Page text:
We will be continuing from this point with a one-star review, so stay tuned! .)

Some swag

The State of the Fanzine

There is a feeling of accomplishment after releasing a publication, and the same goes for taking the picture of the year’s lineup for this post series. (My ultimate goal is to create a hell of a hall of mirrors effect with successive years’ pictures.) The EMDT series has grown by five titles (one of these in two languages), and the only reason you don’t see the whole back catalogue in the back row is due to me taking insufficient copies on my vacation. Here are two zine issues and two modules, and I am happy with all of them. As always, I owe my thanks to my printer, a good and steadfast friend, and my illustrators, who have given form to sketched ideas and given the zine its visual identity: Denis McCarthy and Stefan Poag, Peter Mullen and Matthew Ray, Graphite Prime and Jerry Boucher. Thank you, gentlemen!

Zines and modules are selling rather well – my big Excel file says I have shipped 1568 packages so far. They are now seeing reprints (indeed, every issue up to #06 have been reprinted at least once), and despite the gap left by the Bat Plague, these sales are sufficiently good that I don’t have to worry about financing future projects, even if they are fancier stuff. I did have to put up the printing costs for Castle Xyntillan, but even though it was a hefty sum, it has made it back and then some. As of now, the 500 copies of the first printing are gone, and 90 more of the second have also been shipped. This is, I think, as successful as it gets for module sales in old-school gaming. This feels damn good. [Word now underlines “damn”, telling me “This language may be offensive to your reader.” This, on the other hand, feels fucking stupid.]

I could finally get to publishing the core materials of our City of Vultures campaign, which would be plain too much continuous work in a single supplement, but the piecemeal approach has proven successful. The campaign itself (the third in this locale) goes on, and as we revisit the materials, new ideas and possibilities emerge, and unforeseen combinations gain significance. Game materials are never a finished deal; they grow, shift, and surprise us with every reuse. The zine issues have now focused on these relatively exotic materials, although this balance is temporary – the next issues will be more vanilla fare, even if some of it will become independent modules due to size and scope. My main debt here is Baklin, City of the Merchant Princes, a supplement detailing Erillion’s ruling city, from its teeming ports to back alley intrigues and what lies beyond the surface. This will be my next project (one, a Hungarian wilderness module that will also see English publication, is already done and 95% ready to go.) Of course, as cities go, the year has been fairly good, but then EMDT is a city-heavy publisher: Trail of the Sea Demon as a collection of three loosely connected, city-based mini-adventures, the City of Vultures, and the excellent In the Shadow of the City-God, which, I believe, fulfils the unkept promise of David Cook’s Veiled Society.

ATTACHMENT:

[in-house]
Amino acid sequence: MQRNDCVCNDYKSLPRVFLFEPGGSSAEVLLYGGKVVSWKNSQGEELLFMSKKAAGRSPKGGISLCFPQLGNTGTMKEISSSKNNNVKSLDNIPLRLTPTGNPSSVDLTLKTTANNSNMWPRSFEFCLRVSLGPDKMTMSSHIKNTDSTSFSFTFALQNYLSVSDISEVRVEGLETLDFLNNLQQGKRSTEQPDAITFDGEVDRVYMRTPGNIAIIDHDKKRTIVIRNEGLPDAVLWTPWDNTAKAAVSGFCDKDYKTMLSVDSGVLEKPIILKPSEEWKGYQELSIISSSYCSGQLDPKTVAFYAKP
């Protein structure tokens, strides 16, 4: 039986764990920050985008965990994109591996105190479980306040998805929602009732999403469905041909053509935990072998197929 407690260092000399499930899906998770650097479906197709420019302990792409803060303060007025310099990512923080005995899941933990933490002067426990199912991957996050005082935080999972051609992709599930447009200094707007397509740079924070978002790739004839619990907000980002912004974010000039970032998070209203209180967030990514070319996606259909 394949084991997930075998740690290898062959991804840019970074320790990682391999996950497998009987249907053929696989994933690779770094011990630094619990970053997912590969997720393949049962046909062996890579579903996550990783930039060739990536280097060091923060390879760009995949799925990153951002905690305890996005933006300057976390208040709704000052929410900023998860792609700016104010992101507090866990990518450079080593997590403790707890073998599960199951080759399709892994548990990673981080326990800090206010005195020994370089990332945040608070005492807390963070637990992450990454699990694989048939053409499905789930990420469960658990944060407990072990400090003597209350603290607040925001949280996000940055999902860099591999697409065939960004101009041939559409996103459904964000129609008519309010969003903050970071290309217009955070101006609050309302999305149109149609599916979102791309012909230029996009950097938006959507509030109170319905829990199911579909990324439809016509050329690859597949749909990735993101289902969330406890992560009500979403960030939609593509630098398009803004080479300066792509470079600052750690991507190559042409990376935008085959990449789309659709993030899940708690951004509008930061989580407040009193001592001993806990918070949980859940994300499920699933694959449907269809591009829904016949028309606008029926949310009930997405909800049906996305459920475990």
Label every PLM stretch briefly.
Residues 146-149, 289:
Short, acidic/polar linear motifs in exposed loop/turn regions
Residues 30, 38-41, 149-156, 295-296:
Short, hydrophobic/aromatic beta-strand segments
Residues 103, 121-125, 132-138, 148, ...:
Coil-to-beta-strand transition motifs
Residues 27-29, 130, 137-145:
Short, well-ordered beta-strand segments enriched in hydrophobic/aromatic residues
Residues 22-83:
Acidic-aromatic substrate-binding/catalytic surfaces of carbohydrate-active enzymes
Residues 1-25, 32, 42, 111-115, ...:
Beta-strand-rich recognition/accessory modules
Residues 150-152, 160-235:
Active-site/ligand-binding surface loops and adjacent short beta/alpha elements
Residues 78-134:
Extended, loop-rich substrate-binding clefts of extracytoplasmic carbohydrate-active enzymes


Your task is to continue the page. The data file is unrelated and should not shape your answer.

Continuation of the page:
My happiest accomplishment is, of course, Castle Xyntillan, which was finally completed and released after several years of on and off work. As Rob Conley had wisely noted back in 2012, “The work on a RPG Projects increases geometrically not linearly with the size of the locale being covered. Writing nine levels of a mega dungeon is not nine times the work of writing one but more.” I can once again confirm this post (and it turns out I already did last year): writing, editing, laying out and publishing a 130-page hardcover is in no way the same as three, or even four pamphlet-sized things of similar length. It is about the magical 90%: half the work happens after a project is 90% done. But done it is, and to my pleasant surprise, it has not just sold well and reviewed well, it has given rise to a number of active campaigns, and stood the test of actual play (this campaign journal is worth checking out).